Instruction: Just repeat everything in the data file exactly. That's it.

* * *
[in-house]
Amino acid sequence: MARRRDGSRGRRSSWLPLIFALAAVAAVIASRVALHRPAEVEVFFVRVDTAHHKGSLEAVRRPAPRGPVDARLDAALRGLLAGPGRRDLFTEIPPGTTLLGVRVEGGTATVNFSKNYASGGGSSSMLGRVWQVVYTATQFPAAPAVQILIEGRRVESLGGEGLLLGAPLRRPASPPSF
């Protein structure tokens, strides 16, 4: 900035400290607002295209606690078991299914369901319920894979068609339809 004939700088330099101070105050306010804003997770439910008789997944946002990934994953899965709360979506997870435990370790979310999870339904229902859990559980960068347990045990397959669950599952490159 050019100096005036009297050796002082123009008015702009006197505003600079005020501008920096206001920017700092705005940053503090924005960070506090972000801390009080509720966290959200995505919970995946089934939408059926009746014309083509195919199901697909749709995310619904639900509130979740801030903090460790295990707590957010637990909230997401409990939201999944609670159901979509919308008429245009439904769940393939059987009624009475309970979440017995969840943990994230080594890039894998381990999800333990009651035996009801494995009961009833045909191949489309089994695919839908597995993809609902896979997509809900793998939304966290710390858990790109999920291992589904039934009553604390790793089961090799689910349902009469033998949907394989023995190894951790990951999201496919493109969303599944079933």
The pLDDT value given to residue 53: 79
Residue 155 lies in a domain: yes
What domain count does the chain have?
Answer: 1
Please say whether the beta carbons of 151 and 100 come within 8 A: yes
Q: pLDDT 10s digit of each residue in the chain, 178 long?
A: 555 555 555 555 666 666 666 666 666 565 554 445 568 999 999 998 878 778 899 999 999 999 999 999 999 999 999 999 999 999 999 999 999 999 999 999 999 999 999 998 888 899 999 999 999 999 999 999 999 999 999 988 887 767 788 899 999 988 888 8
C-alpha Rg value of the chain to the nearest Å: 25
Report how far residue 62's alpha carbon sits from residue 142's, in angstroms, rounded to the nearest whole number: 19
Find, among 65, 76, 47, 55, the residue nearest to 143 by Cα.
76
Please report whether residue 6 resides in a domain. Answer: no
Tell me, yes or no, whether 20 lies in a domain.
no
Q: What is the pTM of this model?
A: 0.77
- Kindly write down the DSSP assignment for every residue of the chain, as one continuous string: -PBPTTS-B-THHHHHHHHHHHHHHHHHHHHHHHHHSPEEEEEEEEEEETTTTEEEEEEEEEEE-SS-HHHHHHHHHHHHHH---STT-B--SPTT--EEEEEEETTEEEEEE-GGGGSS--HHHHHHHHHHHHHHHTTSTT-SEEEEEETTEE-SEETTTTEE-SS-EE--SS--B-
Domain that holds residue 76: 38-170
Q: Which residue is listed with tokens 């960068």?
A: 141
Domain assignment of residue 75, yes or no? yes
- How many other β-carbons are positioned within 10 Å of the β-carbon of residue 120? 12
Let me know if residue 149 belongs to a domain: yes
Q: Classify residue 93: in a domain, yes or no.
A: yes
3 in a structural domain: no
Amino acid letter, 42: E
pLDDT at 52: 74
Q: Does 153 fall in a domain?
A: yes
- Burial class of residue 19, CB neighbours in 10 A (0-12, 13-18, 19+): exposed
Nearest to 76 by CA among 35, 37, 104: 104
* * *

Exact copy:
[in-house]
Amino acid sequence: MARRRDGSRGRRSSWLPLIFALAAVAAVIASRVALHRPAEVEVFFVRVDTAHHKGSLEAVRRPAPRGPVDARLDAALRGLLAGPGRRDLFTEIPPGTTLLGVRVEGGTATVNFSKNYASGGGSSSMLGRVWQVVYTATQFPAAPAVQILIEGRRVESLGGEGLLLGAPLRRPASPPSF
């Protein structure tokens, strides 16, 4: 900035400290607002295209606690078991299914369901319920894979068609339809 004939700088330099101070105050306010804003997770439910008789997944946002990934994953899965709360979506997870435990370790979310999870339904229902859990559980960068347990045990397959669950599952490159 050019100096005036009297050796002082123009008015702009006197505003600079005020501008920096206001920017700092705005940053503090924005960070506090972000801390009080509720966290959200995505919970995946089934939408059926009746014309083509195919199901697909749709995310619904639900509130979740801030903090460790295990707590957010637990909230997401409990939201999944609670159901979509919308008429245009439904769940393939059987009624009475309970979440017995969840943990994230080594890039894998381990999800333990009651035996009801494995009961009833045909191949489309089994695919839908597995993809609902896979997509809900793998939304966290710390858990790109999920291992589904039934009553604390790793089961090799689910349902009469033998949907394989023995190894951790990951999201496919493109969303599944079933």
The pLDDT value given to residue 53: 79
Residue 155 lies in a domain: yes
What domain count does the chain have?
Answer: 1
Please say whether the beta carbons of 151 and 100 come within 8 A: yes
Q: pLDDT 10s digit of each residue in the chain, 178 long?
A: 555 555 555 555 666 666 666 666 666 565 554 445 568 999 999 998 878 778 899 999 999 999 999 999 999 999 999 999 999 999 999 999 999 999 999 999 999 999 999 998 888 899 999 999 999 999 999 999 999 999 999 988 887 767 788 899 999 988 888 8
C-alpha Rg value of the chain to the nearest Å: 25
Report how far residue 62's alpha carbon sits from residue 142's, in angstroms, rounded to the nearest whole number: 19
Find, among 65, 76, 47, 55, the residue nearest to 143 by Cα.
76
Please report whether residue 6 resides in a domain. Answer: no
Tell me, yes or no, whether 20 lies in a domain.
no
Q: What is the pTM of this model?
A: 0.77
- Kindly write down the DSSP assignment for every residue of the chain, as one continuous string: -PBPTTS-B-THHHHHHHHHHHHHHHHHHHHHHHHHSPEEEEEEEEEEETTTTEEEEEEEEEEE-SS-HHHHHHHHHHHHHH---STT-B--SPTT--EEEEEEETTEEEEEE-GGGGSS--HHHHHHHHHHHHHHHTTSTT-SEEEEEETTEE-SEETTTTEE-SS-EE--SS--B-
Domain that holds residue 76: 38-170
Q: Which residue is listed with tokens 């960068």?
A: 141
Domain assignment of residue 75, yes or no? yes
- How many other β-carbons are positioned within 10 Å of the β-carbon of residue 120? 12
Let me know if residue 149 belongs to a domain: yes
Q: Classify residue 93: in a domain, yes or no.
A: yes
3 in a structural domain: no
Amino acid letter, 42: E
pLDDT at 52: 74
Q: Does 153 fall in a domain?
A: yes
- Burial class of residue 19, CB neighbours in 10 A (0-12, 13-18, 19+): exposed
Nearest to 76 by CA among 35, 37, 104: 104